RETURN ON INVESTMENT
When I met Chuck Perkins in 1968, I had been transferred to Fairbanks Alaska to work as an insurance adjuster. Chuck was in business for himself doing cleanup and repair work which was frequently needed in handling insured losses. I was aware of the potential problem that can result when gifts or favors are excepted from vendors by a person who is supposed to remain totally objective about who gets hired. Chuck was a accomplished outdoorsman and had already established himself as someone who knew how to harvest a moose or caribou to keep the freezer full all winter.
Chuck, as well as the owners of the local body shops and other contractors demonstrated their friendliness and willing to help me as a newcomer in different ways. My initial reaction was to try and remain arms length from everyone I might do business with in my capacity as an insurance adjuster. As time went by it became apparent Chuck was not being friendly expecting a quid pro quo but rather was just a very generous and helpful person. From the day I first met him until today he can be counted on to terminate almost every contact or conversation with a cheery “keep smiling”. Over the years we shared many adventures in both summer and winter in the Alaskan wilderness. After 49 years Chuck remains one of my best friends to this day and we stay in touch my telephone regularly.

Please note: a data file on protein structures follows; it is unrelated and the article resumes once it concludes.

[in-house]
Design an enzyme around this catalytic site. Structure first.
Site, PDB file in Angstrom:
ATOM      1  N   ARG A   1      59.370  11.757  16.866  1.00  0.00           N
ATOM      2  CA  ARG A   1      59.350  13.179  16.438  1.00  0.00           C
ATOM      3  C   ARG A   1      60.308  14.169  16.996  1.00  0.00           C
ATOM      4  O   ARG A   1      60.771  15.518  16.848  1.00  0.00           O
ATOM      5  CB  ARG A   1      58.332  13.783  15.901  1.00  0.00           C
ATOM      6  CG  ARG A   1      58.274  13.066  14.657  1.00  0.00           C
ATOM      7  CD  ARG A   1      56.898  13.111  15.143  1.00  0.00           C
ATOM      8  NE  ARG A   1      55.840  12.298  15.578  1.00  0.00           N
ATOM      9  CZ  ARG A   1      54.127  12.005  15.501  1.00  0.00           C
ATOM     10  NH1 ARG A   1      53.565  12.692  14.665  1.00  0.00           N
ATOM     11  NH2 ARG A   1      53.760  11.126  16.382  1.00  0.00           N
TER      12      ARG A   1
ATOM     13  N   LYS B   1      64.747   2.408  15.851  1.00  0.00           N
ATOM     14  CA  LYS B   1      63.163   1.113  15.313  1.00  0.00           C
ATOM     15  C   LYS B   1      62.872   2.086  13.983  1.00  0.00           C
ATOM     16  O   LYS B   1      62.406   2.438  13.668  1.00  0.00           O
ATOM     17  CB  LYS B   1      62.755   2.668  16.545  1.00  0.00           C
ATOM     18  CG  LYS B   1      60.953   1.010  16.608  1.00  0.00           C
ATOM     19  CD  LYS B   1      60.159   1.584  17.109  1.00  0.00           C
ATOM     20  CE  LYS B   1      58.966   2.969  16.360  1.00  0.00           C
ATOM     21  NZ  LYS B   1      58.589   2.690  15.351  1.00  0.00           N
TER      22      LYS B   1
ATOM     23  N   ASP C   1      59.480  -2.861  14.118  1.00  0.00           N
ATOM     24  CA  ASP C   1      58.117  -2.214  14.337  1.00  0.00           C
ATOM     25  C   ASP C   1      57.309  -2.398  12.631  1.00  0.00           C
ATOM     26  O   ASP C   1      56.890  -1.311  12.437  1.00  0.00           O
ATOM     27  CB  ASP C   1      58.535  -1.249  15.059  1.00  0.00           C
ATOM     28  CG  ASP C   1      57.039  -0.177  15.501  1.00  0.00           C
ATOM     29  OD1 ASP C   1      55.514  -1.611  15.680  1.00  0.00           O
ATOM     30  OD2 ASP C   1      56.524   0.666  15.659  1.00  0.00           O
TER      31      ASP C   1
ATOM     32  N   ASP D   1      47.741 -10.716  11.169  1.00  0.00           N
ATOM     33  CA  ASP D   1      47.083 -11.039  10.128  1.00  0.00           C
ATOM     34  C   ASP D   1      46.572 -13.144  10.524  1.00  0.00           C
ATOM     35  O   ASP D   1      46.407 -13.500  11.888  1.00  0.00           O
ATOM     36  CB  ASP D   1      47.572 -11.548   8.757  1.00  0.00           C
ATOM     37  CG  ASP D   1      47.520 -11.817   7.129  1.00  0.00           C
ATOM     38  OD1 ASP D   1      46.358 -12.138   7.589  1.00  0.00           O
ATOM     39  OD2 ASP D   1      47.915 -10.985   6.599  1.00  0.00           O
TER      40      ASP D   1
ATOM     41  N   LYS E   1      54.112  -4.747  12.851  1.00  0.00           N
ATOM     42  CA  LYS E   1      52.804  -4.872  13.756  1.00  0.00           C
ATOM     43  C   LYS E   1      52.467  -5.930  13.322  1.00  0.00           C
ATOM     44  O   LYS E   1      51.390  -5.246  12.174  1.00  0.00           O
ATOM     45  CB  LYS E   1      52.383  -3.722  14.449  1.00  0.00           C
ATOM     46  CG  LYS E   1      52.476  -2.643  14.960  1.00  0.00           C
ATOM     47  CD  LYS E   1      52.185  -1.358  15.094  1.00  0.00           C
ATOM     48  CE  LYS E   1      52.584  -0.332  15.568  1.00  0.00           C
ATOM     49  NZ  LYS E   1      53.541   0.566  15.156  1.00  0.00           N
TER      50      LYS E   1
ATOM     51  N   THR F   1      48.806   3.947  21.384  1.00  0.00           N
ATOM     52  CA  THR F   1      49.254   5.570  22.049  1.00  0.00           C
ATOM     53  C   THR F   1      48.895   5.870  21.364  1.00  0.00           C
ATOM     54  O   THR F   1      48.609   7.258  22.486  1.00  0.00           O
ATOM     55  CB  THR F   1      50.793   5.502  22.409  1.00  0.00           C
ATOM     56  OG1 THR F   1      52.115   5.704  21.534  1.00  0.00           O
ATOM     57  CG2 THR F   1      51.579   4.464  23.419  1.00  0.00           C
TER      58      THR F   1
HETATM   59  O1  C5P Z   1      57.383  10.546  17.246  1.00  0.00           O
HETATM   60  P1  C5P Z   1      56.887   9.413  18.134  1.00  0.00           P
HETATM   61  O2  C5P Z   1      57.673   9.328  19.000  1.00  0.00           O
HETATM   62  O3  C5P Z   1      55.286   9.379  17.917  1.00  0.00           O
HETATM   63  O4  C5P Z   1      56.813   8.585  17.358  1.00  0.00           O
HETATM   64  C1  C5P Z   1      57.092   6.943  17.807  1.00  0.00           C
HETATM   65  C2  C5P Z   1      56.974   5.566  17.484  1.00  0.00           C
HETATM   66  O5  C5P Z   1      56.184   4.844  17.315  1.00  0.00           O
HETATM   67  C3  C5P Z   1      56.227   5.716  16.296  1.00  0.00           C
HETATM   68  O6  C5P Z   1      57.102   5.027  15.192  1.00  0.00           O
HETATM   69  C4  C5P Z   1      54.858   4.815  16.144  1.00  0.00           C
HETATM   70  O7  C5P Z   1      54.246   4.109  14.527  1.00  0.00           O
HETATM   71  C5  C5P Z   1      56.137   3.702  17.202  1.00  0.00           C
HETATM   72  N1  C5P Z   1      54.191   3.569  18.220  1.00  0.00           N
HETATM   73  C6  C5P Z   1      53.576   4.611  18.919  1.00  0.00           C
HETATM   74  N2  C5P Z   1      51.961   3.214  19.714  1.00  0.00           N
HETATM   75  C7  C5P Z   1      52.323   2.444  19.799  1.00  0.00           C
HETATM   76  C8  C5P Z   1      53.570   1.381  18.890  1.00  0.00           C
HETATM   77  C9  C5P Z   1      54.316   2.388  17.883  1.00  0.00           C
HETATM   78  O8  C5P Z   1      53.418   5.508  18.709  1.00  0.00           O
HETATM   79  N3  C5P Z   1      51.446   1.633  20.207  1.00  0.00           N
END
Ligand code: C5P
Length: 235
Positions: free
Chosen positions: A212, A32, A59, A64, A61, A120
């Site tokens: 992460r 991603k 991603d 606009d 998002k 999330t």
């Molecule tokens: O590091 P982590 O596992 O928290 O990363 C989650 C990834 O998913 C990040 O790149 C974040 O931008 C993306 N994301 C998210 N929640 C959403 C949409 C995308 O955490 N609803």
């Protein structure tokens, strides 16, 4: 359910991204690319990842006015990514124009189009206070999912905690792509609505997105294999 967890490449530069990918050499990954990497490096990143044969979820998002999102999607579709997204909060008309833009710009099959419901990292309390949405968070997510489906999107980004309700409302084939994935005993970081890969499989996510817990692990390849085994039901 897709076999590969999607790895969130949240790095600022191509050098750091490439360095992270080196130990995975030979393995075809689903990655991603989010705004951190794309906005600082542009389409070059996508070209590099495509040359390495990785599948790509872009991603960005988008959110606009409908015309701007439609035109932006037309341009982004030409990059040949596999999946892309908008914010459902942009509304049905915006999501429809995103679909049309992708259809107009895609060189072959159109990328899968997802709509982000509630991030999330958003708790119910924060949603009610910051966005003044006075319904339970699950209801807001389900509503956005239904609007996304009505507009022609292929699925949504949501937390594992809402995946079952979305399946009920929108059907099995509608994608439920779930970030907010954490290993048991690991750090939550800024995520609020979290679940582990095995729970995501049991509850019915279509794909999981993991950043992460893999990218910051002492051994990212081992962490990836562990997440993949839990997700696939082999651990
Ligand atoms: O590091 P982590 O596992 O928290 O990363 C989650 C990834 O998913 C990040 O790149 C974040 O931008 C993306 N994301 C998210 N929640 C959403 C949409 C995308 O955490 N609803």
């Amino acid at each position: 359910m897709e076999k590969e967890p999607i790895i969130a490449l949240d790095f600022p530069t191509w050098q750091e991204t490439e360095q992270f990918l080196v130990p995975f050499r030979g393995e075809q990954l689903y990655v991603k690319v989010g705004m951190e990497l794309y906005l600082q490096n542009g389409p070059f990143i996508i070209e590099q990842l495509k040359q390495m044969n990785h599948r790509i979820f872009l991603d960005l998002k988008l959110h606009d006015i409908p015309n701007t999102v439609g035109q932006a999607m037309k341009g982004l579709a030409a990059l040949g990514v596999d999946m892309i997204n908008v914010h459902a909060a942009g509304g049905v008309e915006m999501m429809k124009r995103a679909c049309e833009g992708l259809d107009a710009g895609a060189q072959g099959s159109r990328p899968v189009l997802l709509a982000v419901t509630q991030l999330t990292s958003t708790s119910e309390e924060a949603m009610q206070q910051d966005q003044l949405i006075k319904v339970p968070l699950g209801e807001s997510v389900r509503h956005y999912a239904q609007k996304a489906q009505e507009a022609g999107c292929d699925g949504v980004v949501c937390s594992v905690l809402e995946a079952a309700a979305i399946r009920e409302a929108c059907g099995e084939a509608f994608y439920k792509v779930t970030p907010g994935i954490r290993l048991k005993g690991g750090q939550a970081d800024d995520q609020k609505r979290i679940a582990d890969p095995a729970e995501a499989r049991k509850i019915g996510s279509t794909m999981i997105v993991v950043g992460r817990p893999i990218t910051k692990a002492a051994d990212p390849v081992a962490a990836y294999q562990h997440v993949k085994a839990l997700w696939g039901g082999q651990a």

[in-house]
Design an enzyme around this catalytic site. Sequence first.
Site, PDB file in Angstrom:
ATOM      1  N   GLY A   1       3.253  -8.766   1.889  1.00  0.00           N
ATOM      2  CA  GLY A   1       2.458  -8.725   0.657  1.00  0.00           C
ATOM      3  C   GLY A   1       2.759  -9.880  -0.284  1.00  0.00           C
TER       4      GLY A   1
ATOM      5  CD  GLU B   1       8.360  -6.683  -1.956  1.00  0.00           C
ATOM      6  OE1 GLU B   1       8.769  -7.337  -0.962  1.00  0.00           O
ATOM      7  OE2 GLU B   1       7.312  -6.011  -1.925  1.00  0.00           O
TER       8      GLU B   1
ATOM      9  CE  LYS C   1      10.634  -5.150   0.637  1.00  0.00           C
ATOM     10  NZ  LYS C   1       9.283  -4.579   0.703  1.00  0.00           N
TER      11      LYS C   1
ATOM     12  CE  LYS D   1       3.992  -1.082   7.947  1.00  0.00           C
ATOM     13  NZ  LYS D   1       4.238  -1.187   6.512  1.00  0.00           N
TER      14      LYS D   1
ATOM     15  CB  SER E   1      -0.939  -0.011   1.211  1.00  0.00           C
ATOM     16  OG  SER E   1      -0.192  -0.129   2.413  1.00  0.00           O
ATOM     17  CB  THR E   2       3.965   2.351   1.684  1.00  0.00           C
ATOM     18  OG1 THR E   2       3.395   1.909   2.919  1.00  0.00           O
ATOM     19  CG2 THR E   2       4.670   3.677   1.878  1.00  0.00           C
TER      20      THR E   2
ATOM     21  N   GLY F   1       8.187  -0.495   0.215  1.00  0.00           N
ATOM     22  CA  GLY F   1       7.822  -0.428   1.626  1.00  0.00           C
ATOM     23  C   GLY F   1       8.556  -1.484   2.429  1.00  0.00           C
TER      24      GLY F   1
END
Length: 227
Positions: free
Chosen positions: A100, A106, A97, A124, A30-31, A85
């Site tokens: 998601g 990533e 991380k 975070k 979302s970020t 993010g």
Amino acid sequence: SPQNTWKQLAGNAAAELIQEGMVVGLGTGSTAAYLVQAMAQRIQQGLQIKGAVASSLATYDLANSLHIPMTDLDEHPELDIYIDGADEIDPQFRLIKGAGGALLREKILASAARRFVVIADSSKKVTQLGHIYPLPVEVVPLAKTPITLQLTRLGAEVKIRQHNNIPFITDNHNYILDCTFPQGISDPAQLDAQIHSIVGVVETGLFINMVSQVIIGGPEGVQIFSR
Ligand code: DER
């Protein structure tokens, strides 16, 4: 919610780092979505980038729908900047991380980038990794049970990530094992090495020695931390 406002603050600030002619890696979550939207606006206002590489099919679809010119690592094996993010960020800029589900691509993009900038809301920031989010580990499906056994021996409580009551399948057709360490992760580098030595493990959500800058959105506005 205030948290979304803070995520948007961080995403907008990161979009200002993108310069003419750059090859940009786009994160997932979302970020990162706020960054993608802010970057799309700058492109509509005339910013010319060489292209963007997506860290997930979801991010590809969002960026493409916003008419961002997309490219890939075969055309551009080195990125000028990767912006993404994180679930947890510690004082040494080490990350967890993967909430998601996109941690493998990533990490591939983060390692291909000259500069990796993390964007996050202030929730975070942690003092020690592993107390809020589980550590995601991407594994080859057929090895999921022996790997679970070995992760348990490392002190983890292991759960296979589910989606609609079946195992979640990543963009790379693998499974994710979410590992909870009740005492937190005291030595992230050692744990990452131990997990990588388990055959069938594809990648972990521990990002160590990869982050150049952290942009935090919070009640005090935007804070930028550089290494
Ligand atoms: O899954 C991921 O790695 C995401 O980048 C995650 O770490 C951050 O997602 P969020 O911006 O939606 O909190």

A few years ago Chuck experienced a fall with a very severe injury to one of his legs. After dealing with that for several months he was diagnosed with colon cancer. Another year or two of multiple surgeries, chemotherapy, and radiation tested Chuck’s smile and cheerful attitude almost to the level of the story of Job in the Bible. It occurred to me recently Chuck is demonstrated a little different approach to getting a return on investment than most people think of. Not only does Chuck share things unselfishly with friends and acquaintances, he takes it a step further. When he goes to the clinic for treatments or follow-ups he usually stops and picks up a dozen doughnuts or some flowers or whatever else might be a pleasant surprise for the people waiting on him. Knowing Chuck like I do, I do not believe he buys donuts and flowers with a quid pro quo in mind but rather because he likes making people smile. I suspect if Chuck had a medical emergency requiring special care at the hospital or clinic and he arrived at the same time as the city mayor or the state governor, he would not be left to cool his heels while the big shot was taken care of. Return on investment is not always money.